State Library digitises Bloomfield River history
More than 20 years since they were recorded, the stories of the people living in the Bloomfield River region can now be heard online through State Library of Queensland’s (SLQ) catalogue.
In 1995, Bloomfield River resident Camilla Darling conducted numerous interviews with local Kuku Yalanji Elders and non-Indigenous settlers of the Bloomfield Valley to document the rich and varied history of this remote rainforest region in Far North Queensland.
The 39 interviews reveal the way of life of the subjects and their families, and speak to the interactions and relations between Indigenous and non-Indigenous settlers in Bloomfield prior to, and during, missionary involvement.
Capturing stories of residents who have lived in the region since the 1940s and 1950s, as well as residents with profound knowledge of the history of Bloomfield from the 1800s, the oral histories collection is a comprehensive view of the area’s fascinating past and heritage.
Some stories capture the culture of Elders, which have eroded through time, especially since white settlement. Other stories reflect on the tin mining and timber industries, which were the two major industries on the Bloomfield, but have long since ceased.
Over an 18 month period, SLQ reformatted the original audio cassette recordings of the interviews to a digital format to make this collection of unique oral histories accessible to all, including the descendants and families of the interviewees.
Minister for Innovation, Science and the Digital Economy Leeanne Enoch said the Bloomfield River oral histories amount to a powerful collection of memories of a community that spans from the time of Captain Cook.
“This oral histories collection is important as it offers a powerful view of the diversity and history of Queensland, and through its recent digitisation, is now easily accessible for all,” Ms Enoch said.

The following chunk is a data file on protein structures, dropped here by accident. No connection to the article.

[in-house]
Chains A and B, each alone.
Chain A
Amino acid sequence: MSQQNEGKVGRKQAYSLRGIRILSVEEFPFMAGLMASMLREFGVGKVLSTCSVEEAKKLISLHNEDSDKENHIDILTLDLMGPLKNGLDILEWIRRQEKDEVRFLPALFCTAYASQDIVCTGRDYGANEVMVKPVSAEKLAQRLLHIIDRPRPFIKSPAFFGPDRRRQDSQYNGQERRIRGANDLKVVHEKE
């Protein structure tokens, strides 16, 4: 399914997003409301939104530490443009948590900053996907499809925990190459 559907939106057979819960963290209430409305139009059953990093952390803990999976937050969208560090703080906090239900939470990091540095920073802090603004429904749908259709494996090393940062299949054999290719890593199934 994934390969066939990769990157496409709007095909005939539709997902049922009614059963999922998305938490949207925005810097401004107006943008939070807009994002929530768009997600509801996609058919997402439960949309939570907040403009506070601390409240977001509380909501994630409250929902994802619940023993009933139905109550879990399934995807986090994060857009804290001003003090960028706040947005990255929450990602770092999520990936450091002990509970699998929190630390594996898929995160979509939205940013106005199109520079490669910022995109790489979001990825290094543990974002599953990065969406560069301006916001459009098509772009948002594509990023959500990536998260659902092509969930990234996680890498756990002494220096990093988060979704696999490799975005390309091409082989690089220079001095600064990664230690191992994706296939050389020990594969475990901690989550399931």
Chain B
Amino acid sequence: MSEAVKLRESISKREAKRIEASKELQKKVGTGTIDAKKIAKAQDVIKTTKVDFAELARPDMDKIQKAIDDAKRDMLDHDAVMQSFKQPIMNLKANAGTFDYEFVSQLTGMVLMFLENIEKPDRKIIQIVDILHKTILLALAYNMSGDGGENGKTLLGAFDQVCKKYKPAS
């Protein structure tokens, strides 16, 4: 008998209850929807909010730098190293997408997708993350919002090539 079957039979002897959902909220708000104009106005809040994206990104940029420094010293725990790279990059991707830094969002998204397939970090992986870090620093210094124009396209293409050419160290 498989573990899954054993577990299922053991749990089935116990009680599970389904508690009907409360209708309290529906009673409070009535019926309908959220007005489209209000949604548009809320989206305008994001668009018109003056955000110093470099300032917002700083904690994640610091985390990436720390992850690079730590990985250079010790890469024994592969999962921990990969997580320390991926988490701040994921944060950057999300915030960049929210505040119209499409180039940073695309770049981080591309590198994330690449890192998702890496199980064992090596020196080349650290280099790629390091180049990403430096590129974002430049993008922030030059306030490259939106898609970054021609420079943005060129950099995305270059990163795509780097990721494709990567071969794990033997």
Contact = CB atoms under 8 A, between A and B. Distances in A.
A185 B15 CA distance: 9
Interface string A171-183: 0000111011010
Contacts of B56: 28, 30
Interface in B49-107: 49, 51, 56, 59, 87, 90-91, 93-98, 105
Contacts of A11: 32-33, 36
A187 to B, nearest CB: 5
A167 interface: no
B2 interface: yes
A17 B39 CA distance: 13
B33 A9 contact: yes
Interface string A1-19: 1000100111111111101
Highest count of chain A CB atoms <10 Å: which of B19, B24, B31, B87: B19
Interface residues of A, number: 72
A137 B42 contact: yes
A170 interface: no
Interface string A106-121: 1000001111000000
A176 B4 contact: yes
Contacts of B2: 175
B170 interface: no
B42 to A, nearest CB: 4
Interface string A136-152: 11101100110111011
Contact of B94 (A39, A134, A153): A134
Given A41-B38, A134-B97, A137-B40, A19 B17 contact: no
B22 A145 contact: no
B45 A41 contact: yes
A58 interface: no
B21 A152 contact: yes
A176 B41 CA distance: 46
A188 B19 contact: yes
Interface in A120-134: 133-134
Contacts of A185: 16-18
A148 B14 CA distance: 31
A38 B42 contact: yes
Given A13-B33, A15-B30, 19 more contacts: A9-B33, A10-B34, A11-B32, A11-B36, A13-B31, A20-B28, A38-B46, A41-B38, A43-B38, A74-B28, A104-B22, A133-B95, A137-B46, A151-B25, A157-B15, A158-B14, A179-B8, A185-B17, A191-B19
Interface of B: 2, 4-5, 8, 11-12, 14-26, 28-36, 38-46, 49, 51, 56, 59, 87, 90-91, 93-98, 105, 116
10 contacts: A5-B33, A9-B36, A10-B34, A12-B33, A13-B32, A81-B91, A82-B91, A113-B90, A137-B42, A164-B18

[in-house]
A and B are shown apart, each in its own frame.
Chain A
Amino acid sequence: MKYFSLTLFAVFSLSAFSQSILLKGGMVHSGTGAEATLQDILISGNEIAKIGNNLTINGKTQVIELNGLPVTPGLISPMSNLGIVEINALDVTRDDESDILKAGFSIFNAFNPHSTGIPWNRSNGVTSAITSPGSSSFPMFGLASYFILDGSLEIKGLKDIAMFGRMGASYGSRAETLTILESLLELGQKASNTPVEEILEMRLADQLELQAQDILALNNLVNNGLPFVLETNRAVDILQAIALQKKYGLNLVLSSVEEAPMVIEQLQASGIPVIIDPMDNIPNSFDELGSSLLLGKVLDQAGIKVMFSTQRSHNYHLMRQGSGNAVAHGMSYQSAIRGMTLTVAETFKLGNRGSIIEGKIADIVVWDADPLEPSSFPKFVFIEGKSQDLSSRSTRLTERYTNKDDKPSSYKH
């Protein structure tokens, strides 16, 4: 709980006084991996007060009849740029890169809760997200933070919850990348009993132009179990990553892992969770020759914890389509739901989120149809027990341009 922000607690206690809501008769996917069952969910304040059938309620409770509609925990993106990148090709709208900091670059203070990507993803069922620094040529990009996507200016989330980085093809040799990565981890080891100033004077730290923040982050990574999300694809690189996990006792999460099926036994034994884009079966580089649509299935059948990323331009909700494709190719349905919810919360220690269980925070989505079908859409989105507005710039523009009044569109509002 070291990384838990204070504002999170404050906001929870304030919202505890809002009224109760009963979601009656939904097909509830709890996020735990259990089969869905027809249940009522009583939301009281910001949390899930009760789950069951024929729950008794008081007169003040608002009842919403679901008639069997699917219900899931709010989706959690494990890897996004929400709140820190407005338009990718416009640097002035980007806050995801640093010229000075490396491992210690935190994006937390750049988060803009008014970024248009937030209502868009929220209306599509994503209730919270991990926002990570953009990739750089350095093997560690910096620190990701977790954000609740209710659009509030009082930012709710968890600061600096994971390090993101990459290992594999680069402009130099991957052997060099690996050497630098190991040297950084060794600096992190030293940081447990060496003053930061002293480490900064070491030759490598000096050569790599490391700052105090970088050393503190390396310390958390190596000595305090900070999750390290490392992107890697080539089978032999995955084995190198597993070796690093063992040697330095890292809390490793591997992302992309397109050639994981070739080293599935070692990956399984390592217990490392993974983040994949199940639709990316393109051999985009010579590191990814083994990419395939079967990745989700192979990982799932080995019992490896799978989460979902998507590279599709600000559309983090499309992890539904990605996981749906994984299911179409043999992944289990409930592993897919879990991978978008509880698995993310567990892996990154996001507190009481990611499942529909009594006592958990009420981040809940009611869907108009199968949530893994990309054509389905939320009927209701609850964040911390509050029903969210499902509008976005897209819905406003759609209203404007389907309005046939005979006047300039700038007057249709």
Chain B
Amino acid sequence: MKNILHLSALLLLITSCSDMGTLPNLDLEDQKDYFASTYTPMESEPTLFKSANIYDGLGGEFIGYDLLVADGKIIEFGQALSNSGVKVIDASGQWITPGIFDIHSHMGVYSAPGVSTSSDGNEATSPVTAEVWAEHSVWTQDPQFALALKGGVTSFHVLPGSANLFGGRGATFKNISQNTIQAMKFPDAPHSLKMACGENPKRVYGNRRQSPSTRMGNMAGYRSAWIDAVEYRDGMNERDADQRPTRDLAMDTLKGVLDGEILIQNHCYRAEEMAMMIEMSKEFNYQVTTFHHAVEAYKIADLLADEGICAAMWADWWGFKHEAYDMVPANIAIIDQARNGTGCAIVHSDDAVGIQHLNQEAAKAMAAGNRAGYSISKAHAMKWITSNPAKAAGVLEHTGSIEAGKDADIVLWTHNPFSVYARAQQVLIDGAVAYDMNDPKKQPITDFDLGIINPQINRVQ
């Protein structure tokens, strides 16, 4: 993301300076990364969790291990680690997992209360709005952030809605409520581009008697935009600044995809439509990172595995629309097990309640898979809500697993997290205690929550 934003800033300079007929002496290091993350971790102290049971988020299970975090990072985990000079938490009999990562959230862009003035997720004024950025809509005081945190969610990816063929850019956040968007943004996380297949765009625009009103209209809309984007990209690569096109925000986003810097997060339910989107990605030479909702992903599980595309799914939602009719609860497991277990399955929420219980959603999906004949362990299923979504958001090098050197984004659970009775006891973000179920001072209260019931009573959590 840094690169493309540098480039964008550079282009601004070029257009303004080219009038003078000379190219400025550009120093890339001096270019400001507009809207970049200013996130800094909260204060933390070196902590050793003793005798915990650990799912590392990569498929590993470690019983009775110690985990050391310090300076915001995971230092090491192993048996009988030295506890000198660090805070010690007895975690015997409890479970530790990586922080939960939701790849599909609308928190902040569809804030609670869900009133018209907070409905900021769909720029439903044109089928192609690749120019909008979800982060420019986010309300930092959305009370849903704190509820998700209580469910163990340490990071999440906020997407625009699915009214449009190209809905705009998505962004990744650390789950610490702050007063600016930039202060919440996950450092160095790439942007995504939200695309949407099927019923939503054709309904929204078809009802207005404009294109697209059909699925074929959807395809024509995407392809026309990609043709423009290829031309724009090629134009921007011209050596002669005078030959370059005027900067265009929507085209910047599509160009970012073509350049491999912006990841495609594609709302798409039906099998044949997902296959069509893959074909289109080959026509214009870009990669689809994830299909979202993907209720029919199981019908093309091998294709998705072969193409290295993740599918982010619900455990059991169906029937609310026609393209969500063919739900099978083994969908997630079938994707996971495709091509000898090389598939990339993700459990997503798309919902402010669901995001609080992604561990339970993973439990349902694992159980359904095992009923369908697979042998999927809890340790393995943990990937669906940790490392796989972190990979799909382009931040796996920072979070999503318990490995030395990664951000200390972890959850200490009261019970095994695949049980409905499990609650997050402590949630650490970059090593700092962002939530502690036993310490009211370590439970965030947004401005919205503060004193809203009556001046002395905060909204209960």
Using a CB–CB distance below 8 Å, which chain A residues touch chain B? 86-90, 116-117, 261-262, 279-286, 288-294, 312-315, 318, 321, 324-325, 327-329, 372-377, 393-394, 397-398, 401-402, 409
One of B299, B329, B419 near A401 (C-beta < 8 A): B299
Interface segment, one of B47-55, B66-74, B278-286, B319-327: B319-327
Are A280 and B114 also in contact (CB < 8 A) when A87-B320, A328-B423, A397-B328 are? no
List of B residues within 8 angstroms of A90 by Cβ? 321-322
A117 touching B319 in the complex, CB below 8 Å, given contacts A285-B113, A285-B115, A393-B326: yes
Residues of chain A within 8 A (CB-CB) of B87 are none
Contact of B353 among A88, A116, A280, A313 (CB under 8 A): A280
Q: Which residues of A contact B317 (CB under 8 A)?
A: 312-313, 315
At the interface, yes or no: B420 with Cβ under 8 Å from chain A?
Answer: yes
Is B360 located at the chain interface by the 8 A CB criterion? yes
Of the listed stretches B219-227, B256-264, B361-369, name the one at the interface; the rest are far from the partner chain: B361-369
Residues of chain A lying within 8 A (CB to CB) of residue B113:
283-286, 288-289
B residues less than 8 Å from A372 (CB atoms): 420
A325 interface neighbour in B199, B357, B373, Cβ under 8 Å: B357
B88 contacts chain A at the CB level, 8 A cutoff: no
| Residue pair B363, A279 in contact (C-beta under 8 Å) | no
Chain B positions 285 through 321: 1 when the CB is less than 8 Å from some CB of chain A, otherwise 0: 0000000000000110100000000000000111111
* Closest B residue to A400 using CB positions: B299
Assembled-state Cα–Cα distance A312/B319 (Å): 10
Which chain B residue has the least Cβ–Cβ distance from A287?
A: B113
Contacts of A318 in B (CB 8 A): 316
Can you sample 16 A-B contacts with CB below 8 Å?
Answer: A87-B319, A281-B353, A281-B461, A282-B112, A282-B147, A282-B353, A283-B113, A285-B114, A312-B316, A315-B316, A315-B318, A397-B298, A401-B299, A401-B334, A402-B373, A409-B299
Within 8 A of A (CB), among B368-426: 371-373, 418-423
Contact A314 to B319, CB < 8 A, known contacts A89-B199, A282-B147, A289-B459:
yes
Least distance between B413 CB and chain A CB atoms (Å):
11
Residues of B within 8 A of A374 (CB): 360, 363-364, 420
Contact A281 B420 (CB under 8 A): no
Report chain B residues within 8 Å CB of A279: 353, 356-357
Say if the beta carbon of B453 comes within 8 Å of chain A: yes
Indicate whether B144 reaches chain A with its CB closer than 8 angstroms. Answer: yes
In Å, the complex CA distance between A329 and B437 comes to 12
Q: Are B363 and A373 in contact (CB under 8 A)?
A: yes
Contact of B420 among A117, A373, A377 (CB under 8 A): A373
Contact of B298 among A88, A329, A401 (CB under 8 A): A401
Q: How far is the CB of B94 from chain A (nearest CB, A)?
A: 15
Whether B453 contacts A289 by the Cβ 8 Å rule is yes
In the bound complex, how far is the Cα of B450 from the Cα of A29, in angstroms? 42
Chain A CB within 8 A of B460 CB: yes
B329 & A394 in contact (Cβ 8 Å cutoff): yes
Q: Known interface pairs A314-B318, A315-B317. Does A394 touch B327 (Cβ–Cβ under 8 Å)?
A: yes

“Bloomfield River is a true microcosm which highlights our varying ways of life and plays an important part in our understanding of this state’s rich history.”
State Librarian and CEO Vicki McDonald said the digitisation of this collection is significant as it offers a comprehensive view of one of Queensland’s most interesting communities.
“Oral histories are often very narrow in focus but this collection is vast and sweeping, describing how this unique Far North Queensland community survived and thrived,” Ms McDonald said.
“Now, after an extensive digitisation process, these voices and stories can be shared with surviving family members, the wider community, and future generations.”
“It is often peoples’ stories, rather than objects or facts, that really brings history to life and this oral histories collection does just that.”
Digitised photographs and a digitised hand drawn map of the Bloomfield River region are included with the oral histories collection online, and transcriptions of all recordings are currently in progress.
Hillary Bell, SLQ Communications | firstname.lastname@example.org | 07 3842 9864
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